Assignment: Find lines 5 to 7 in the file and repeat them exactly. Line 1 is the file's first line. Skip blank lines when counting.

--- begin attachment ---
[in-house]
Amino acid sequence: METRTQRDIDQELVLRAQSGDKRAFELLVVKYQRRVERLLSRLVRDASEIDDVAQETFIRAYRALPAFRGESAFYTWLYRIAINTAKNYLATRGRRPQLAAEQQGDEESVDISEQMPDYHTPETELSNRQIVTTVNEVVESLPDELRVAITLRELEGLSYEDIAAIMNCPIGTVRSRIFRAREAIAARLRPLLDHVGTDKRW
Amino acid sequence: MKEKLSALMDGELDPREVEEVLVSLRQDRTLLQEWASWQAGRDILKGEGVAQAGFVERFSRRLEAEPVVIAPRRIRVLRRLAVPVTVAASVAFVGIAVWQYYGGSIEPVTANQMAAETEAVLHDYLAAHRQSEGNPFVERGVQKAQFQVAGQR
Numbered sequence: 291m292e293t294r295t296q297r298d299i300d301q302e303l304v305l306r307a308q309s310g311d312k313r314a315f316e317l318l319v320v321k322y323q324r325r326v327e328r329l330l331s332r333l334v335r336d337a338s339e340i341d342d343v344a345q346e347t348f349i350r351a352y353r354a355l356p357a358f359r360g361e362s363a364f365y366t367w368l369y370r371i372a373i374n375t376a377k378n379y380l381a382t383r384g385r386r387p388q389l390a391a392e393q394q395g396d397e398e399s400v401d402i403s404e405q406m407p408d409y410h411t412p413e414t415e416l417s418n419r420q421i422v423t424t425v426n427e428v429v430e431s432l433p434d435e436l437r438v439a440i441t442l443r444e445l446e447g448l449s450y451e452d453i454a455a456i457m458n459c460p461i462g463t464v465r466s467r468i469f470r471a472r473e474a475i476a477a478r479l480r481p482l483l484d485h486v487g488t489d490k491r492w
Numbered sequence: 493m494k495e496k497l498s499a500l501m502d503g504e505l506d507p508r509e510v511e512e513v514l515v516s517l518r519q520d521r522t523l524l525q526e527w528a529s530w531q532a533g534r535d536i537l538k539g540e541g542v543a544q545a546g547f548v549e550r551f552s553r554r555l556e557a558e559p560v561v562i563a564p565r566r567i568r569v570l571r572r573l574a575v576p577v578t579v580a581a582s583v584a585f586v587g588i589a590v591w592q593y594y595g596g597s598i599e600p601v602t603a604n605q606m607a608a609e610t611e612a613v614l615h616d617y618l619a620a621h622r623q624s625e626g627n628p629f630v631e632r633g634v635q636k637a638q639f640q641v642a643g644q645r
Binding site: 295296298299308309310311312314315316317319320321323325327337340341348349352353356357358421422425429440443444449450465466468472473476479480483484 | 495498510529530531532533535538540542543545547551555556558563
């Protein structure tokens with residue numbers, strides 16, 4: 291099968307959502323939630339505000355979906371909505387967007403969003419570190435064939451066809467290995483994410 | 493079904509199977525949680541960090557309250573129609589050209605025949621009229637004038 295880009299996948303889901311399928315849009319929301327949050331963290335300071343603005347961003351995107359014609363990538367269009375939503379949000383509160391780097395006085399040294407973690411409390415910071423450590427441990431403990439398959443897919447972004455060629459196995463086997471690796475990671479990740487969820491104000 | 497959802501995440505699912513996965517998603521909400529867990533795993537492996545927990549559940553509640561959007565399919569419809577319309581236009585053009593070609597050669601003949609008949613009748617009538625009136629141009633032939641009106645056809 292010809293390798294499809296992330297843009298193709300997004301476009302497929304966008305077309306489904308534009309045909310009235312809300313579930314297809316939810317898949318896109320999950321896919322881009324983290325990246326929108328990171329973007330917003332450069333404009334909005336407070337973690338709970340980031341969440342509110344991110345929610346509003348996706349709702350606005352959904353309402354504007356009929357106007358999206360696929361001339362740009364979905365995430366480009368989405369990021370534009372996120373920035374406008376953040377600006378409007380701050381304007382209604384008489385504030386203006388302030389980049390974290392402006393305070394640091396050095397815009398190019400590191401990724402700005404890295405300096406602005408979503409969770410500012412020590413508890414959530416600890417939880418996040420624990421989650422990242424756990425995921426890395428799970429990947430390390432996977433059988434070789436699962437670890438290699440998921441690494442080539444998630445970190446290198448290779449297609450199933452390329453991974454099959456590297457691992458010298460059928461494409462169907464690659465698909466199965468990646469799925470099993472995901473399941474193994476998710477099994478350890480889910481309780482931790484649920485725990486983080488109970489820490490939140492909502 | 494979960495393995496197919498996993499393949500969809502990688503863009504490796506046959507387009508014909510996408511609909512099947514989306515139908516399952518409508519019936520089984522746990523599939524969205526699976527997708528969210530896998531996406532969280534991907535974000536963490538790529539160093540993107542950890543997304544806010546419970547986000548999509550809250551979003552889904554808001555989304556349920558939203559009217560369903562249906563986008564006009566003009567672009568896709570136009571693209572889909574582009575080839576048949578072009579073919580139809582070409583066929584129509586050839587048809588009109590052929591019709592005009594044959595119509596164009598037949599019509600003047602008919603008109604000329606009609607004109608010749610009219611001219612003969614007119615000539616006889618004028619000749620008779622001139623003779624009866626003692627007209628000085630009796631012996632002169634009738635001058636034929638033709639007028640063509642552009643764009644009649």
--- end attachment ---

Numbered sequence: 493m494k495e496k497l498s499a500l501m502d503g504e505l506d507p508r509e510v511e512e513v514l515v516s517l518r519q520d521r522t523l524l525q526e527w528a529s530w531q532a533g534r535d536i537l538k539g540e541g542v543a544q545a546g547f548v549e550r551f552s553r554r555l556e557a558e559p560v561v562i563a564p565r566r567i568r569v570l571r572r573l574a575v576p577v578t579v580a581a582s583v584a585f586v587g588i589a590v591w592q593y594y595g596g597s598i599e600p601v602t603a604n605q606m607a608a609e610t611e612a613v614l615h616d617y618l619a620a621h622r623q624s625e626g627n628p629f630v631e632r633g634v635q636k637a638q639f640q641v642a643g644q645r
Binding site: 295296298299308309310311312314315316317319320321323325327337340341348349352353356357358421422425429440443444449450465466468472473476479480483484 | 495498510529530531532533535538540542543545547551555556558563
């Protein structure tokens with residue numbers, strides 16, 4: 291099968307959502323939630339505000355979906371909505387967007403969003419570190435064939451066809467290995483994410 | 493079904509199977525949680541960090557309250573129609589050209605025949621009229637004038 295880009299996948303889901311399928315849009319929301327949050331963290335300071343603005347961003351995107359014609363990538367269009375939503379949000383509160391780097395006085399040294407973690411409390415910071423450590427441990431403990439398959443897919447972004455060629459196995463086997471690796475990671479990740487969820491104000 | 497959802501995440505699912513996965517998603521909400529867990533795993537492996545927990549559940553509640561959007565399919569419809577319309581236009585053009593070609597050669601003949609008949613009748617009538625009136629141009633032939641009106645056809 292010809293390798294499809296992330297843009298193709300997004301476009302497929304966008305077309306489904308534009309045909310009235312809300313579930314297809316939810317898949318896109320999950321896919322881009324983290325990246326929108328990171329973007330917003332450069333404009334909005336407070337973690338709970340980031341969440342509110344991110345929610346509003348996706349709702350606005352959904353309402354504007356009929357106007358999206360696929361001339362740009364979905365995430366480009368989405369990021370534009372996120373920035374406008376953040377600006378409007380701050381304007382209604384008489385504030386203006388302030389980049390974290392402006393305070394640091396050095397815009398190019400590191401990724402700005404890295405300096406602005408979503409969770410500012412020590413508890414959530416600890417939880418996040420624990421989650422990242424756990425995921426890395428799970429990947430390390432996977433059988434070789436699962437670890438290699440998921441690494442080539444998630445970190446290198448290779449297609450199933452390329453991974454099959456590297457691992458010298460059928461494409462169907464690659465698909466199965468990646469799925470099993472995901473399941474193994476998710477099994478350890480889910481309780482931790484649920485725990486983080488109970489820490490939140492909502 | 494979960495393995496197919498996993499393949500969809502990688503863009504490796506046959507387009508014909510996408511609909512099947514989306515139908516399952518409508519019936520089984522746990523599939524969205526699976527997708528969210530896998531996406532969280534991907535974000536963490538790529539160093540993107542950890543997304544806010546419970547986000548999509550809250551979003552889904554808001555989304556349920558939203559009217560369903562249906563986008564006009566003009567672009568896709570136009571693209572889909574582009575080839576048949578072009579073919580139809582070409583066929584129509586050839587048809588009109590052929591019709592005009594044959595119509596164009598037949599019509600003047602008919603008109604000329606009609607004109608010749610009219611001219612003969614007119615000539616006889618004028619000749620008779622001139623003779624009866626003692627007209628000085630009796631012996632002169634009738635001058636034929638033709639007028640063509642552009643764009644009649």